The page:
The 17 years between Suez and the third and finally successful application to enter the Common Market were a time of reckoning, when scientists, soothsayers and social commentators all conducted a sustained dissection of the nation’s perceived shortcomings. A steady stream of “state-of-the-nation” books appeared, bearing titles that strove to outdo one another in grim foreboding—from Michael Shanks’s The Stagnant Society (1961) to Paul Einzig’s Decline and Fall? (1969). Arthur Koestler’s Suicide of a Nation? (1963) pitched its claim at the upper end of the misery scale, while Penguin settled on What’s Wrong with Britain? for a series of books that gnawed at the national fabric.

By no means all of the bleak forecasts were fixated on the fading verities of Empire; the sense of decline was wider, financial as well as imperial. Much as the pound has taken a battering since June 2016, back in the days of decolonisation, balance of payments crises were a perennial worry. After the humiliating devaluation in 1967, the sense of impending doom was only heightened by the 1968 “I’m Backing Britain” campaign—what might today be termed a “start-up” by five Surbiton typists who asked themselves “How can WE put this right?” Their mixed message of volunteerism (30 minutes of unpaid overtime daily) laced with “Buy British” fervour achieved surprising early momentum, with “Backing Britain” badges, mugs and shopping bags enjoying wide circulation. The campaign was not only endorsed by a rather desperate Harold Wilson, whose plans for the country were in tatters after Charles de Gaulle had wielded his second veto at UK Common Market membership the year before, but was—quite literally—lauded by the poets, with newly installed Poet Laureate Cecil Day-Lewis dedicating six dreary stanzas to the cause. But it was abhorred by the trade unions as a non-starter, and when Robert Maxwell offered to publicise the movement, it soon became the butt of many a joke, including the opening gag of the premiere of Dad’s Army.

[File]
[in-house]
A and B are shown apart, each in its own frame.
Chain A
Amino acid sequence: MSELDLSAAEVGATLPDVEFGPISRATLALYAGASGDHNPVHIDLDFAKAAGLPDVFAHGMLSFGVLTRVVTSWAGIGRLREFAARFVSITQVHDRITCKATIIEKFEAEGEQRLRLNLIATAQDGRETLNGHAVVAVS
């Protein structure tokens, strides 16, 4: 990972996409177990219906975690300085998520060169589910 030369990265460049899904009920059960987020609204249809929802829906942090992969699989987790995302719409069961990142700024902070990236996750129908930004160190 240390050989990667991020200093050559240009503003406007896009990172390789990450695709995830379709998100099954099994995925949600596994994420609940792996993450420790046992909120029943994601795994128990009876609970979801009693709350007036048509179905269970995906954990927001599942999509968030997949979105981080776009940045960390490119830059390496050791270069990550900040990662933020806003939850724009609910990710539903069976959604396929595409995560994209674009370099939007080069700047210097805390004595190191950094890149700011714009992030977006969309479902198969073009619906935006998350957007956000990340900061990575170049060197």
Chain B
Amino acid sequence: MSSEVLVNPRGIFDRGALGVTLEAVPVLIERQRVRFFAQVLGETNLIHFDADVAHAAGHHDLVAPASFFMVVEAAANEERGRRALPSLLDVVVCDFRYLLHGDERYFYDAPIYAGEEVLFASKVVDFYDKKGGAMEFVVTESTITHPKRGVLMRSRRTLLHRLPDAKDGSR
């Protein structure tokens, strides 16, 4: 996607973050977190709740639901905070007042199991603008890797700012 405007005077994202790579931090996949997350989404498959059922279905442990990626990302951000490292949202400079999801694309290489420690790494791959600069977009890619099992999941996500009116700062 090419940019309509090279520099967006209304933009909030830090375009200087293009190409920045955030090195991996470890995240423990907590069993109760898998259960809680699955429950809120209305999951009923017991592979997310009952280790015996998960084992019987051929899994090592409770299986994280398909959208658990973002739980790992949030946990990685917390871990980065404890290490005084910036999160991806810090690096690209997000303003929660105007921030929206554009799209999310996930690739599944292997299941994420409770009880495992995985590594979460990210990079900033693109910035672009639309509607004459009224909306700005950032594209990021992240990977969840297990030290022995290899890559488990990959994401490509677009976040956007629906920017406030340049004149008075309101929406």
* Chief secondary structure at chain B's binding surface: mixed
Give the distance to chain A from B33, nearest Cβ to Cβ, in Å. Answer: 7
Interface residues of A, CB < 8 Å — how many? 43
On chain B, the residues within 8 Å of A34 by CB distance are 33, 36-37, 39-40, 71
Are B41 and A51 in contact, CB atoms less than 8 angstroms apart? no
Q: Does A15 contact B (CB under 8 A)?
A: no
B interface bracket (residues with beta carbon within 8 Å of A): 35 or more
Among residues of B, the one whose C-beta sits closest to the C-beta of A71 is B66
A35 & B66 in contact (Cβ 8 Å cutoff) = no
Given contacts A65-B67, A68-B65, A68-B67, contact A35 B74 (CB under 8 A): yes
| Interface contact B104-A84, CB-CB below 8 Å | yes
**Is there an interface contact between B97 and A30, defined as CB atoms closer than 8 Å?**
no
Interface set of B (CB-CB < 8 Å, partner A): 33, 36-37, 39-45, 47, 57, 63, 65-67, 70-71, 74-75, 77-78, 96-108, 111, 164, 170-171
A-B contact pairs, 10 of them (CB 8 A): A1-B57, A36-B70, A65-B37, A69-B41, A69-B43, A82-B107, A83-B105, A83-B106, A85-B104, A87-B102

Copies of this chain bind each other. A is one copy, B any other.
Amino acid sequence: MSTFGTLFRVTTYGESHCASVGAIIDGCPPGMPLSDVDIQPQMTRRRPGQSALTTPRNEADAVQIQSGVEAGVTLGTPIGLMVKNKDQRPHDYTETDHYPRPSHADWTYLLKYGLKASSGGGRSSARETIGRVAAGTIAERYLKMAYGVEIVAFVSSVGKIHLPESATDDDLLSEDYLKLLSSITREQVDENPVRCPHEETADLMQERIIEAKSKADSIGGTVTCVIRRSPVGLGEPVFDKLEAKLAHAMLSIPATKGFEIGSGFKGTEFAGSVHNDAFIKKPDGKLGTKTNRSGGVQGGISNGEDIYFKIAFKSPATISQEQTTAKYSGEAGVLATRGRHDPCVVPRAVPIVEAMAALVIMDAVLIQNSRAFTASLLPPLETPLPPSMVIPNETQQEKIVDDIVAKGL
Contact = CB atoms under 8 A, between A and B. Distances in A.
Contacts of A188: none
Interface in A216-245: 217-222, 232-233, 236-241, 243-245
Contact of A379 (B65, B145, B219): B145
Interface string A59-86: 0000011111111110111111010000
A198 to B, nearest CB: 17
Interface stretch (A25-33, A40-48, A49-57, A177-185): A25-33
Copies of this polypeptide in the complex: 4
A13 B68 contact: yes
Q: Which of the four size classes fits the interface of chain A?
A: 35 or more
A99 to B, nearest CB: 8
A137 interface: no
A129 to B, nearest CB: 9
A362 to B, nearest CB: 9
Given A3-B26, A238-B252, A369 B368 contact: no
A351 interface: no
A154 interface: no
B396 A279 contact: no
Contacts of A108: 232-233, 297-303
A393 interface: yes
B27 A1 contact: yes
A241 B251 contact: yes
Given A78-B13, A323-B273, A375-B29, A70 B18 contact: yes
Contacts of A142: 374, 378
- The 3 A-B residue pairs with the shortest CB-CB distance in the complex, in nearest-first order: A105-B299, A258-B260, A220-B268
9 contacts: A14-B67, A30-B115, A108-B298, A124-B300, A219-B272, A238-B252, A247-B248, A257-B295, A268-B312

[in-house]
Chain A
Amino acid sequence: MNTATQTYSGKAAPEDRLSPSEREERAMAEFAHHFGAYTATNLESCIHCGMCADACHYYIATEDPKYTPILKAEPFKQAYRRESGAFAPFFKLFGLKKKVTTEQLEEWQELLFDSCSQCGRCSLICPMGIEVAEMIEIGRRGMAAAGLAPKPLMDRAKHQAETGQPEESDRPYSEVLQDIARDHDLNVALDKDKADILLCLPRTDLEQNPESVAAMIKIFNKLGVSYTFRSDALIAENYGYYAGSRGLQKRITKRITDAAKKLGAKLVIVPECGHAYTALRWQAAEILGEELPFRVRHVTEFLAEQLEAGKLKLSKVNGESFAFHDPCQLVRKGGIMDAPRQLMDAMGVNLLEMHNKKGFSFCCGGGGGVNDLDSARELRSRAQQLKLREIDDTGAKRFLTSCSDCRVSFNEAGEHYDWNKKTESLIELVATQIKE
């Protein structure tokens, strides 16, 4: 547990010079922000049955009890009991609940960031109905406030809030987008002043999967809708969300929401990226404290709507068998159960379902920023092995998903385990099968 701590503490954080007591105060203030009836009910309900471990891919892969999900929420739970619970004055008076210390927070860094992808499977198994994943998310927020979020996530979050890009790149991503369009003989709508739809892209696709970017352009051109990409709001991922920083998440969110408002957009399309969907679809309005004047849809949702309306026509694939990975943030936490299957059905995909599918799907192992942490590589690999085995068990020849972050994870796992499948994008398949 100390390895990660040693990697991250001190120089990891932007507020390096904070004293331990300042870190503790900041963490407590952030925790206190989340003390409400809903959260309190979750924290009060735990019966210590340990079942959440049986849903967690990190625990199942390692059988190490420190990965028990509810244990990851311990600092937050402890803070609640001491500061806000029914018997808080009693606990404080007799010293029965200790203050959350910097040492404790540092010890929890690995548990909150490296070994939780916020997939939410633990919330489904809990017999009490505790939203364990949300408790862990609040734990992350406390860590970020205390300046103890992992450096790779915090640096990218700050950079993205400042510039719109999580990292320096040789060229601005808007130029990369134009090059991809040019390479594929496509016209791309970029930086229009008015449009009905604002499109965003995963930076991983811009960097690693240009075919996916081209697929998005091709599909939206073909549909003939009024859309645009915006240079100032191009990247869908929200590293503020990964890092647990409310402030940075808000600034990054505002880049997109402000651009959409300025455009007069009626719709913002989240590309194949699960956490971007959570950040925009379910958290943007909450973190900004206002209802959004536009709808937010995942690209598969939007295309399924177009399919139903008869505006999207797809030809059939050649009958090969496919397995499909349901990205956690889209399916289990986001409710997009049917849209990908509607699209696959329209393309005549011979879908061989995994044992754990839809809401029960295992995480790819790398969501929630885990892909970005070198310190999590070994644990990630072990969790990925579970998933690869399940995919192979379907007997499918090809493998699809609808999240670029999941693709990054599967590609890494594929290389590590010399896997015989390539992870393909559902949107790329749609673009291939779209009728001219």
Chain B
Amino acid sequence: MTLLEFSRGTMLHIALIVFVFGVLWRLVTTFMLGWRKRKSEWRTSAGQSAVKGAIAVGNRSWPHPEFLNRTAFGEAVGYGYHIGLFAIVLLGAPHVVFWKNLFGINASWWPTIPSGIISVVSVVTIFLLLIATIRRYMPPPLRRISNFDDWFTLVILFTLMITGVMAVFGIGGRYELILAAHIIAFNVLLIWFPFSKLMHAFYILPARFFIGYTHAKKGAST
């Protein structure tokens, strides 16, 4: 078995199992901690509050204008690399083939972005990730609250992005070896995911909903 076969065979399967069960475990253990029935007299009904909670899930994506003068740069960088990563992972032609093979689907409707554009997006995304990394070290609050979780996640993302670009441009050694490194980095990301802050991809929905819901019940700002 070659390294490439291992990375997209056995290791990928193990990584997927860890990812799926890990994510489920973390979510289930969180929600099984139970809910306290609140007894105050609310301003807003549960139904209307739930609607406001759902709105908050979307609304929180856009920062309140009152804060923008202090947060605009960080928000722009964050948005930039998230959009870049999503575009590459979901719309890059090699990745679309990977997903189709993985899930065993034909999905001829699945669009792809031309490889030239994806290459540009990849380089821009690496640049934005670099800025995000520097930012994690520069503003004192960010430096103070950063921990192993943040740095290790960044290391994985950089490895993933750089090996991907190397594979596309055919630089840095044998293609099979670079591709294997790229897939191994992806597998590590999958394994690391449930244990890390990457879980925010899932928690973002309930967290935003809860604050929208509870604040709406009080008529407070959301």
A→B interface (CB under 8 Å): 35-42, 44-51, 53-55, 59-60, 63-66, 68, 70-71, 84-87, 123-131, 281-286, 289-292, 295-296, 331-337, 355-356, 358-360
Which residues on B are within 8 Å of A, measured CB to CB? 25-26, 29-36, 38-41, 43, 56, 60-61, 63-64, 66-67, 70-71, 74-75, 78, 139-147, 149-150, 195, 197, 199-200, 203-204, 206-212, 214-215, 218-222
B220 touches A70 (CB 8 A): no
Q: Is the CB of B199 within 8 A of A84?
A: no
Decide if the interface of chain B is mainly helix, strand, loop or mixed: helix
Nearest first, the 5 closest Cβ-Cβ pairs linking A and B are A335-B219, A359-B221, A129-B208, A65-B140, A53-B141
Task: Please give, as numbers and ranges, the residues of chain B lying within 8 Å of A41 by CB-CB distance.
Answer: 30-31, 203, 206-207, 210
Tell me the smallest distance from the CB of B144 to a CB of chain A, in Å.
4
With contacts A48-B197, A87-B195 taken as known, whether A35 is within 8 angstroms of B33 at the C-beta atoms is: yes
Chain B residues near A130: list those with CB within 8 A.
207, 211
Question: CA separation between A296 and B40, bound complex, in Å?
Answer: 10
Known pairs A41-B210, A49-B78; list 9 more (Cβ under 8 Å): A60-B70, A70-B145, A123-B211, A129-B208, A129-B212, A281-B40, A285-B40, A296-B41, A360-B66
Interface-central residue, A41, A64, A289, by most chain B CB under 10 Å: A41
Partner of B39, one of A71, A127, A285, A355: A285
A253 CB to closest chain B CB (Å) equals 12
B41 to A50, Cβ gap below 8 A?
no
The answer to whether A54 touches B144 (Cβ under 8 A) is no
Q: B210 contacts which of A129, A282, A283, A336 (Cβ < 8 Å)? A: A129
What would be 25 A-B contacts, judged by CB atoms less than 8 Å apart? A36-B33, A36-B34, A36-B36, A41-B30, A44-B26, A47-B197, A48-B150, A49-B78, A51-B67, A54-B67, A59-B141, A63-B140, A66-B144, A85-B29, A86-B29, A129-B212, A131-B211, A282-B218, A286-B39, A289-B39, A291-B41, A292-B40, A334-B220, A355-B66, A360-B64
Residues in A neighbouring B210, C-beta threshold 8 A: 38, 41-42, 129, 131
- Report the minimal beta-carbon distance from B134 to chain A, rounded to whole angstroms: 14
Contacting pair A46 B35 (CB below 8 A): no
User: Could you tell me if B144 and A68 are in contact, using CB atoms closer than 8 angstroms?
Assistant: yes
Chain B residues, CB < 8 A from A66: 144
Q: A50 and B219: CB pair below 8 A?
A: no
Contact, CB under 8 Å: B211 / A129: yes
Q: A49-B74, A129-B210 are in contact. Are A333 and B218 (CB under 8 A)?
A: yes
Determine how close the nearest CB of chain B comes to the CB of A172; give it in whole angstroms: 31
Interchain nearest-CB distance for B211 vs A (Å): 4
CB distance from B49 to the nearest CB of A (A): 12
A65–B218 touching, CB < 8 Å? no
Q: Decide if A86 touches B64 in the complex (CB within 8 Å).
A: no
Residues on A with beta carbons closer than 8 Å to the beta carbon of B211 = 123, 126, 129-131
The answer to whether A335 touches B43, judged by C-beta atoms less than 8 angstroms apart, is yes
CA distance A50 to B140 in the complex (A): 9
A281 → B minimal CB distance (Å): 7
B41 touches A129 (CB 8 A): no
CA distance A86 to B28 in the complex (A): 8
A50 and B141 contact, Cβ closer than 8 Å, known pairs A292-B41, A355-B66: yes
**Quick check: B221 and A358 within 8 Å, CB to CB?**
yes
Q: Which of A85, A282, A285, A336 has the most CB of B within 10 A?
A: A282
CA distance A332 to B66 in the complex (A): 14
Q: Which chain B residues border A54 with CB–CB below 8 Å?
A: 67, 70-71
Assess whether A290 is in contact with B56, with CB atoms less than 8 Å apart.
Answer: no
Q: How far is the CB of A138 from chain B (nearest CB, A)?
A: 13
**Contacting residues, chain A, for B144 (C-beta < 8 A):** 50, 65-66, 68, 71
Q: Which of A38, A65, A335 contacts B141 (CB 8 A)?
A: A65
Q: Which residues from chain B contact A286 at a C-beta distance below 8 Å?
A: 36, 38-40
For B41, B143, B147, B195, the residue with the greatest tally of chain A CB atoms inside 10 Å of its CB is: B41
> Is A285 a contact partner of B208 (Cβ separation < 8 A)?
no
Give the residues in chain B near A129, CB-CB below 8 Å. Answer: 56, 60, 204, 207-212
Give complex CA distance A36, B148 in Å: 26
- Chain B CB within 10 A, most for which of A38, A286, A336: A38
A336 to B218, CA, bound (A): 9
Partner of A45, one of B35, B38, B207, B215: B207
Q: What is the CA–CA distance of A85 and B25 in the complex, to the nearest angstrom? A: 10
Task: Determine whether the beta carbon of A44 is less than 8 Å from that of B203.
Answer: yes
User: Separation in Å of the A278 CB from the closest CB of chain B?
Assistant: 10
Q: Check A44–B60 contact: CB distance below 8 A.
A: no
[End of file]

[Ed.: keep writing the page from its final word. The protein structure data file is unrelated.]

One of the oddities of the surge of national introspection in these years is that it was not confined to 1960s Britain but affected a much wider constituency grappling with the manifold disorientations of empire’s end, including Canada, Australia, New Zealand and indeed elsewhere among the scattered remnants of what was once termed “Greater Britain.” Here, too, a proclivity for diagnosing national maladies became entrenched in the 1960s and 1970s; and the political maladies were often strikingly similar, not least the accusations levelled at a hidebound ruling “establishment,” wielding power through an anachronistic web of social connections. Right across the “Old Commonwealth,” the fading verities of a common imperial ideal prompted a scramble for alternative markers of esteem and purpose.

One of Australia’s leading diagnosticians of this so-called “identity crisis,” Donald Horne (author of the bestselling The Lucky Country) made an effort to comprehend the commonalities in a little-known book from 1969, God is an Englishman. He found that the particular problem with Britain itself was that the sense of crisis had become a reflex, an article of faith: “It is now part of the British way of life. Come to Britain and see the crisis. Those who were born during the devaluation of 1949 were starting their careers by the devaluation of 1967; they had spent the intervening years growing up in a nation that could never seem officially certain of itself for more than two years on end… It is a crisis of habit, in particular of affronted habits of self-esteem.”

The twist with the very similar disruptions in Australia and Canada was that they became coupled to the promise of rebirth. Far from signalling a time of abject failure, this is the era typically associated with the burgeoning of “true” nationhood—Canada’s Maple Leaf flag, Manning Clark’s monumental History of Australia, and the new politics of national uplift symbolised by Gough Whitlam and Pierre Trudeau. Only in Britain itself did the new confusion about how the country fitted into the world lead to a sense of unalloyed decline.

The difference is no real surprise. Where Australians and Canadians could disassociate themselves from the remnants of an obsolete Britishness, the task was considerably more complex for a “Mother” country that continued to carry the imperial can. This goes some way to explaining the sudden electoral success of Plaid Cymru and the SNP, winning their first seats in the Commons in the mid-1960s. “Stop the world, Scotland wants to get on” proclaimed a victorious Winnie Ewing at the 1967 Hamilton by-election, mobilising the same message of deliverance from a decrepit empire state familiar to Australians and Canadians. Meanwhile south of the border, Enoch Powell was lauding a generation “which comes home again after years of distant wandering.” Significantly, he was talking about the English, not the elusive British.